The second script ajfVSWR.m produces a chart of VSWR against frequency. Most radio hams are happier with this than the LogMag chart preferred by RF designers. 

I used ajfVSWR to measure my small transmitting loop tuned to the 40m FT8 frequency. As expected it shows the narrow bandwidth in low VSWR that is the drawback of small transmitting loops. 

40m FT8 VSWR

The graph can be zoomed in MATLAB and have data cursors added to show more details.

40m FT8 VSWR 2

The VSWR could be lower. I think I left a metal step-ladder in the attic which is affecting the loop.

ajf? My initials.

Cebik Moxons in the Attic

I now have both 2m and 70cm Cebik Moxons in the attic separated using a HA8LFK diplexer. After trying out the 70cm aerial it is clear that it needs a preamp to pick up any signals. Partly this is due to the poor coax I’m using and I should replace it with something better. So I’ve added an M-100 preamp powered from a shack PSU through a pair of bias-tees.

I tried bypass the M-100 with a relay but I haven’t been able to source a relay that works well at UHF. Usually the non-connected path is only 20 or 30 dB down on the connected path. This is not safe enough to protect the preamp, so that’s another reason for giving up transmitting for now. I’m pretty sure the aerials will not be good enough for decent transmissions and I would end up being the recipient of pleas from an OM: “I got the Mike, Zero and Yankee, your callsign again again please…”.

The setup looks like this scribble from my lab book:

Scribble form lab book

Unfortunately the M-100 draws 55mA which is 5mA too high for the built-in bias-tee in the SDRplay RSP2. The RSP2 is my receiver of choice at the moment. More on that later.

Cebik Moxons, SDRplay and satellites

There was a pass of the AO-91 satellite over my location today and I listened to the ham radio operators operating through it.

I used my home-built Cebik Moxon aerials which are located in my attic and the nice SDRplay RSP2.

Cebik Moxon in attic

Here’s a screenshot of SDRuno displaying the AO-91 signals for those of you who don’t think the Doppler effect is real.

Doppler on Waterfall

You can easily see the received signal changing frequency as the satellite hurtles past.

This is what it sounds like. 


It was recorded using Audio Hijack Pro from a Microsoft Remote Desktop session of SDRuno on a Dell XP workstation. Apologies for the over-driven audio — I was concentrating on receiving rather than recording.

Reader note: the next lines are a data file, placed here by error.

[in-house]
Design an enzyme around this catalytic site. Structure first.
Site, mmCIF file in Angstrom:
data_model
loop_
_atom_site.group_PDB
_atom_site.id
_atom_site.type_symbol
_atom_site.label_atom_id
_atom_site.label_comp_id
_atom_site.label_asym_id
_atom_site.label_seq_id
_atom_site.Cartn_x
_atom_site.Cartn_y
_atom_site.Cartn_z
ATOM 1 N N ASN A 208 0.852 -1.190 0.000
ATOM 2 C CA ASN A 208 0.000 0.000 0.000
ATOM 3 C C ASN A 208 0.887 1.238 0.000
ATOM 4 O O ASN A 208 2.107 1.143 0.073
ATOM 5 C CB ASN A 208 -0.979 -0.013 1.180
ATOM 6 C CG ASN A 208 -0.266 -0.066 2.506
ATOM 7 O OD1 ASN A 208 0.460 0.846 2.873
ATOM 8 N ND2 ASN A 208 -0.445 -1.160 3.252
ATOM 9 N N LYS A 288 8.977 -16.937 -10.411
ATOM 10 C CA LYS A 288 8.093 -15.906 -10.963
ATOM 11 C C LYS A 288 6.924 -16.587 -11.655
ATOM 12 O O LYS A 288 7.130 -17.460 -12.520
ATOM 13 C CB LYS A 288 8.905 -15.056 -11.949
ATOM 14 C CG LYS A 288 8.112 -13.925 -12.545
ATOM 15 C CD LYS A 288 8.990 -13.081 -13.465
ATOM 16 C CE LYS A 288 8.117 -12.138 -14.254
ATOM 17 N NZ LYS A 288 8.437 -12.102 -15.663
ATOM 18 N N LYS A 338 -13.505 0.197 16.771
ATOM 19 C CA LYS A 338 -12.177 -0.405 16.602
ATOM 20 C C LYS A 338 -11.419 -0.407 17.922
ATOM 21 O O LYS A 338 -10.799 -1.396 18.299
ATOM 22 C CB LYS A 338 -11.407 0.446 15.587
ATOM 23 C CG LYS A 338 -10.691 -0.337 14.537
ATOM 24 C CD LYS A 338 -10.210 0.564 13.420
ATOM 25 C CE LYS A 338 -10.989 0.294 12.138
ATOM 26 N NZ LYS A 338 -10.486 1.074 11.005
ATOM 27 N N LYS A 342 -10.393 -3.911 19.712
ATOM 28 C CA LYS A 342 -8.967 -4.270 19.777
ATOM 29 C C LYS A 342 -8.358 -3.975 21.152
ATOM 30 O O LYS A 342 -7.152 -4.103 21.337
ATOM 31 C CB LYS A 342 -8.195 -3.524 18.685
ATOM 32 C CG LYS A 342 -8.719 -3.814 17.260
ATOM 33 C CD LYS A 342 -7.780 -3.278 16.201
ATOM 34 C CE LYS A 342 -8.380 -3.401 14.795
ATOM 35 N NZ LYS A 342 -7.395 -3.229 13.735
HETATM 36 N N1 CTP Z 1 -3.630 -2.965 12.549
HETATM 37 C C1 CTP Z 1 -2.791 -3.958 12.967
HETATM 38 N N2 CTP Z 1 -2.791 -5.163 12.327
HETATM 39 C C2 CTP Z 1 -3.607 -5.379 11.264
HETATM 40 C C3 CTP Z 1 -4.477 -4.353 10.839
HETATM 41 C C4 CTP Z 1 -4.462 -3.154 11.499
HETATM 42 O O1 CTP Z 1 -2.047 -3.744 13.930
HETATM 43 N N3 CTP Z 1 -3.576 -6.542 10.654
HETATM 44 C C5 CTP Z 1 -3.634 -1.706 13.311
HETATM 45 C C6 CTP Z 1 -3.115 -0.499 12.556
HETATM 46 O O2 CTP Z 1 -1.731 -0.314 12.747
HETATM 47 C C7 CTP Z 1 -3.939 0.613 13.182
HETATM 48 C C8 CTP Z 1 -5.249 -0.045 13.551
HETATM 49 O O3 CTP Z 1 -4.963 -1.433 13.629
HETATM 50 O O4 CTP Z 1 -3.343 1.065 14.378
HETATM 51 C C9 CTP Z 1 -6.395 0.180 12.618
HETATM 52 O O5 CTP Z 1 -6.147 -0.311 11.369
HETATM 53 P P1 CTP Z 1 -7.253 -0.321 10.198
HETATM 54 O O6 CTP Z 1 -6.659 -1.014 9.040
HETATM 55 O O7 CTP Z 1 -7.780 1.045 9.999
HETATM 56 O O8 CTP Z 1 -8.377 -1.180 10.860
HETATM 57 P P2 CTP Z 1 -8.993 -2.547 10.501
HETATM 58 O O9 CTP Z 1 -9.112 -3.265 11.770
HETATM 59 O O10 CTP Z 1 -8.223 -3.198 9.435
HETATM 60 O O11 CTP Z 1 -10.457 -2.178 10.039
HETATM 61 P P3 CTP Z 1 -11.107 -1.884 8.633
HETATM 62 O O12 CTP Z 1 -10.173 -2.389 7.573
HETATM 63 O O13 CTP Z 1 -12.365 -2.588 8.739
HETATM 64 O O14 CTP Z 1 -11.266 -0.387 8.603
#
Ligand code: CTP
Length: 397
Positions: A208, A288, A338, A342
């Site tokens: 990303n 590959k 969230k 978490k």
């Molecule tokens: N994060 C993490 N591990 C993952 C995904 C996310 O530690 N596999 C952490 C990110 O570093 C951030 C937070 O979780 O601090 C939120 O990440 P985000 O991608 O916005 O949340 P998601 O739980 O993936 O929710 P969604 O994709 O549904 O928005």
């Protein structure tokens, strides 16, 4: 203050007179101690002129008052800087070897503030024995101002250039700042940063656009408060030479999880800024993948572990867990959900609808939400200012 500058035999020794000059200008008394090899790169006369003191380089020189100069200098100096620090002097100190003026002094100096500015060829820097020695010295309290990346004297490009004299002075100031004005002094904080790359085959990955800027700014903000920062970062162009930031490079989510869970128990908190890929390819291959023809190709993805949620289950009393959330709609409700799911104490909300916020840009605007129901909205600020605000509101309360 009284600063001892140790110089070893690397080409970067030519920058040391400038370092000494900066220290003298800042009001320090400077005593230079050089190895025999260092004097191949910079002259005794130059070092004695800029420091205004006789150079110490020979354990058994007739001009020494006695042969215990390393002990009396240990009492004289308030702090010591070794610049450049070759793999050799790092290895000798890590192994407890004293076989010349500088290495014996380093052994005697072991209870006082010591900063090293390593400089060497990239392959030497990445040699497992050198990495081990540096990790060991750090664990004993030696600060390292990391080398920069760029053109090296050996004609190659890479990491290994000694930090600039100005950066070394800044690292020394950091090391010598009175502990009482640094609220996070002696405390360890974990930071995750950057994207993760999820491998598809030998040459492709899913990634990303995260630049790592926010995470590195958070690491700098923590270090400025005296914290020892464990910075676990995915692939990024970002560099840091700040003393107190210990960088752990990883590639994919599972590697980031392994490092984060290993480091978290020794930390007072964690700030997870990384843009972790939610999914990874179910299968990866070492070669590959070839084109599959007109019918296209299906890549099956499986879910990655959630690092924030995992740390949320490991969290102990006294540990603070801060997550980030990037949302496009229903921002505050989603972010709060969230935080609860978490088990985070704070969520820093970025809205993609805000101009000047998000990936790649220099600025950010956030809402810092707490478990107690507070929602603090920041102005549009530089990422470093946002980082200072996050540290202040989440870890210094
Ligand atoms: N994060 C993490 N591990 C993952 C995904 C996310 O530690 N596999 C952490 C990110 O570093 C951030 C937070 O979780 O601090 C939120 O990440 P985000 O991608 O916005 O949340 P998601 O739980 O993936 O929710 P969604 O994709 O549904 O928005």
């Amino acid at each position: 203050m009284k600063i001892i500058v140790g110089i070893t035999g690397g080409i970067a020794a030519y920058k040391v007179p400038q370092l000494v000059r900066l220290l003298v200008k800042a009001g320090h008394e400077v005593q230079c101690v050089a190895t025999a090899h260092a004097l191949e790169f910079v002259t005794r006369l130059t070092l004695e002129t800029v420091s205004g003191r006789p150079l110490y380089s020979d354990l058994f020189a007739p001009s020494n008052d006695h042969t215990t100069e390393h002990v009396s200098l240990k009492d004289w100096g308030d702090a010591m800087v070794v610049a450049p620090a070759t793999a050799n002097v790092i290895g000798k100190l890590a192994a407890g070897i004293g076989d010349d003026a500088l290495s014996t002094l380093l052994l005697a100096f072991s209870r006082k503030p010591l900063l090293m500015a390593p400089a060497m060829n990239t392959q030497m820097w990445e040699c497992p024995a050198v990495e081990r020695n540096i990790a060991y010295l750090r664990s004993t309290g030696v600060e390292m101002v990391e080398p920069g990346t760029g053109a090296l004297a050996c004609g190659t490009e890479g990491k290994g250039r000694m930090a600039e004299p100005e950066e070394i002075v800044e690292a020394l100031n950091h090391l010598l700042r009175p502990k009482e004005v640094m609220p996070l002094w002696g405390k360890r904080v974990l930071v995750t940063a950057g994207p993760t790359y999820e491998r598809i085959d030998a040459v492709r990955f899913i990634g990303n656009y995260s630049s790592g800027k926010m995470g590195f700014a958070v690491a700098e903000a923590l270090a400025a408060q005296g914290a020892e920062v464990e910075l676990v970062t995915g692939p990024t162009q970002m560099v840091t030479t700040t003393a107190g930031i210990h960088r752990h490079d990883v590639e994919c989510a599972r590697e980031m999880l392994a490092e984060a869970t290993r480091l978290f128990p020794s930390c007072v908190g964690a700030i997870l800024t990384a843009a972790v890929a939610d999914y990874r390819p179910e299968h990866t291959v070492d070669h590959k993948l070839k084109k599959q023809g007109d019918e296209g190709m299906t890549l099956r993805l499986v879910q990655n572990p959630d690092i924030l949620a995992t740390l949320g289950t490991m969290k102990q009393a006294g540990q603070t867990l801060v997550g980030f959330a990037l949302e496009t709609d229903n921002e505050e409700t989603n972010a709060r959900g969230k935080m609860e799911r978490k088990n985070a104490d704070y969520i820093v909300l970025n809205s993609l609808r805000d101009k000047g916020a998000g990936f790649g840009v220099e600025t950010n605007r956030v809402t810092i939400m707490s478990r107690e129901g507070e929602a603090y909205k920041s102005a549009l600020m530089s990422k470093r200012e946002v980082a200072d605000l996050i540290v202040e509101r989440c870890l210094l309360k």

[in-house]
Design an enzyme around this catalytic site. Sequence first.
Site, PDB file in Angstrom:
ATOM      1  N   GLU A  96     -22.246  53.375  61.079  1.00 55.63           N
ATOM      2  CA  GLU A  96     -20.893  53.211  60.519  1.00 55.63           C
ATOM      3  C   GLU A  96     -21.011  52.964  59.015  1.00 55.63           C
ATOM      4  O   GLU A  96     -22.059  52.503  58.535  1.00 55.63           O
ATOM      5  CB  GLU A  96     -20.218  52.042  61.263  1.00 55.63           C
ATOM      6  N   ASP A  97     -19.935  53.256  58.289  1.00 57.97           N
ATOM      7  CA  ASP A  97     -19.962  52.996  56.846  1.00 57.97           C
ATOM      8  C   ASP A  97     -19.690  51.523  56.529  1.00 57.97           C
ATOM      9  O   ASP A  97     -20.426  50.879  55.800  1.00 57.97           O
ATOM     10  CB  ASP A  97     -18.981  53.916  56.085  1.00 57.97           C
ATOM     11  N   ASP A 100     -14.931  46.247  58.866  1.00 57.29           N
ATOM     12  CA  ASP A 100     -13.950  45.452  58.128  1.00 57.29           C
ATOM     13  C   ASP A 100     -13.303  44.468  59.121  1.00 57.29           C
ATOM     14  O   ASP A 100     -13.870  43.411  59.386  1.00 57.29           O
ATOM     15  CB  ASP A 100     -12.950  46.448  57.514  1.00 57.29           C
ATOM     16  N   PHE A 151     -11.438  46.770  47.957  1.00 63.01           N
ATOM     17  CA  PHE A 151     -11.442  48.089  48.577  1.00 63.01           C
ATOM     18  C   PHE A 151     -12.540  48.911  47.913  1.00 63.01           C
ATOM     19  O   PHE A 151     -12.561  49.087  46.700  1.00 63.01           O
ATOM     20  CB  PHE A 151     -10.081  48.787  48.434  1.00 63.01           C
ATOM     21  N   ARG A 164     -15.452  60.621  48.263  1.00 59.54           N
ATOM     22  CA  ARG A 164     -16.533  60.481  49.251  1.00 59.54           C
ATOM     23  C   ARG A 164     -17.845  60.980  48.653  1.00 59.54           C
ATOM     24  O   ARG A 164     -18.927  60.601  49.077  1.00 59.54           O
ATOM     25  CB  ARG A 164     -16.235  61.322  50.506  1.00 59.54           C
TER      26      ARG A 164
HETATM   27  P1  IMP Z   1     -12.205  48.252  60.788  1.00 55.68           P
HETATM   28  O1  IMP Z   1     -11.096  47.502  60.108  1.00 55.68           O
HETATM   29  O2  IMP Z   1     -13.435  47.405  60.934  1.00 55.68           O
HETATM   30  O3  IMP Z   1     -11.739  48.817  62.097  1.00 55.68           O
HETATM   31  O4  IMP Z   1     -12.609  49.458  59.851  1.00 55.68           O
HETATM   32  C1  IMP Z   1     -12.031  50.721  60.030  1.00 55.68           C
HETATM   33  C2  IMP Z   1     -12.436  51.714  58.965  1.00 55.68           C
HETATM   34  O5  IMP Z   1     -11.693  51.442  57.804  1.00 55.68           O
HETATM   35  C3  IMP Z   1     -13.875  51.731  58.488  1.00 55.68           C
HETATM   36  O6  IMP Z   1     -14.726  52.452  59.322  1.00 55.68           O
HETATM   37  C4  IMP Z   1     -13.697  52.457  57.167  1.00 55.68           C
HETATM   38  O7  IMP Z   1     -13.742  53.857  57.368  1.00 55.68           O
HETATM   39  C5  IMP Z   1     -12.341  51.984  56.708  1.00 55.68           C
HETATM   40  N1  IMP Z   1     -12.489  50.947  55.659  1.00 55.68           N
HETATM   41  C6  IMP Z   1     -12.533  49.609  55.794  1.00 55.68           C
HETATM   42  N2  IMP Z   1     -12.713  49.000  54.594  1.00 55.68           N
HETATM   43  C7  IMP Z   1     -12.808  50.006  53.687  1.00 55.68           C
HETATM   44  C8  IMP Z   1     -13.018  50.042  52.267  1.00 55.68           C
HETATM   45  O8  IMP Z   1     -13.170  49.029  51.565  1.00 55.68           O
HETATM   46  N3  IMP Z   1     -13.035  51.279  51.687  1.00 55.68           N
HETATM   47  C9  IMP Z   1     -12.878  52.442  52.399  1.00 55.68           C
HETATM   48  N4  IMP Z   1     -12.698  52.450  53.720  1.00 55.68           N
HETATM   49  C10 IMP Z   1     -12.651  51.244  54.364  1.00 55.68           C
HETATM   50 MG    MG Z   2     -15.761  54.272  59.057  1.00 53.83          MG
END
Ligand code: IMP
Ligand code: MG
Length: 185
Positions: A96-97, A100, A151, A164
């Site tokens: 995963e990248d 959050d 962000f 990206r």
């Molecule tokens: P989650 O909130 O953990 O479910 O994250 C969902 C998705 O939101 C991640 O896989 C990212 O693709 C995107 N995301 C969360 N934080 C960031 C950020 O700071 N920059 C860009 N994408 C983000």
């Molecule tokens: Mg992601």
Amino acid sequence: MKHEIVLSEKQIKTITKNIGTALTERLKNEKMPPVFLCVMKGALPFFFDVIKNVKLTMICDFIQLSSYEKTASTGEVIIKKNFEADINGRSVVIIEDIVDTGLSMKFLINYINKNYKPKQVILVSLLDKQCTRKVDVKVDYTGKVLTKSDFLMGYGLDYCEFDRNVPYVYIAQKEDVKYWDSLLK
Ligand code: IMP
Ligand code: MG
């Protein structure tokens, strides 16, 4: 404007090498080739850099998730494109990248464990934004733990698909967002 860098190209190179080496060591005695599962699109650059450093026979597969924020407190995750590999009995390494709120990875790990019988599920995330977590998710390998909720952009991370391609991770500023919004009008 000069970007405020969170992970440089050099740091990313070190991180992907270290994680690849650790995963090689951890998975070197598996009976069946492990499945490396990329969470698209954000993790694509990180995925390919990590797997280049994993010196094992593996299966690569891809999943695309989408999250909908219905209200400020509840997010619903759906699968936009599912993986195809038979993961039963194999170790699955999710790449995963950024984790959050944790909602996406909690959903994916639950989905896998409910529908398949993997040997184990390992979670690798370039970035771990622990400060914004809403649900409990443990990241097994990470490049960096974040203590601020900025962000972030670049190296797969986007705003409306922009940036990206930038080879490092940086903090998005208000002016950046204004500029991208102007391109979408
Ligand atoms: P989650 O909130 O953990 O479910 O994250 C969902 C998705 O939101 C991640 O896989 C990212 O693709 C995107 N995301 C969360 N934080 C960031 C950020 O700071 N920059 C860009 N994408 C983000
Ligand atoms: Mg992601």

HA8LFK Diplexer Characterisation

I decided to build or buy a diplexer to communicate with LEO (low earth orbit) satellites that use cross-band operation.

Some of the satellites in LEO are U/V or V/U. U/V means the satellite receives at UHF but transmits at VHF. V/U is the other way around.

My space aerials are in the attic and there are only two cables going from the shack to the attic. One thick cable is used solely for HF, and the other thinner cable is used for higher bands, 6m, 2m and 70cm.

A diplexer allows the use of different frequencies on the same cable. In this case it allows both VHF and UHF aerials to be used on the same cable. The diplexer has one input (from the transceiver) and two outputs (one to the VHF aerial and one to the UHF aerial) when transmitting. The diplexer blocks VHF signals going to the UHF output, and also blocks UHF signals going to the VHF output. In this way the transmit power goes where it is most wanted, that is, to the appropriate aerial. 

On receive the same ports are used but there are two inputs (one from each aerial) and one output (to the transceiver).

I decided not to built a diplexer for VHF/UHF operation as fiddling with inductors at those frequencies can be a bit hit-or-miss unless you use SMD components. It’s much easier to buy one, especially for those of us who are challenged when building VHF and UHF inductors. There are a few diplexers on offer, and I chose one on eBay from HA8LFK. It seems well built and works fine. The 50W limit certainly won’t affect me just now as the highest power I can send on VHF/UHF is 5W. One drawback may be that the sockets are SMA and my shack mostly uses BNC for VHF and above.


I have characterised this diplexer by sending sine waves of various frequencies through its transmit path and measuring the outputs. The signals came from my WaveTek model 1062 sweep generator and were measured at my HP 54615B scope. I used SMA/BNC adapters and short BNC cables to connect the diplexer to the test equipment.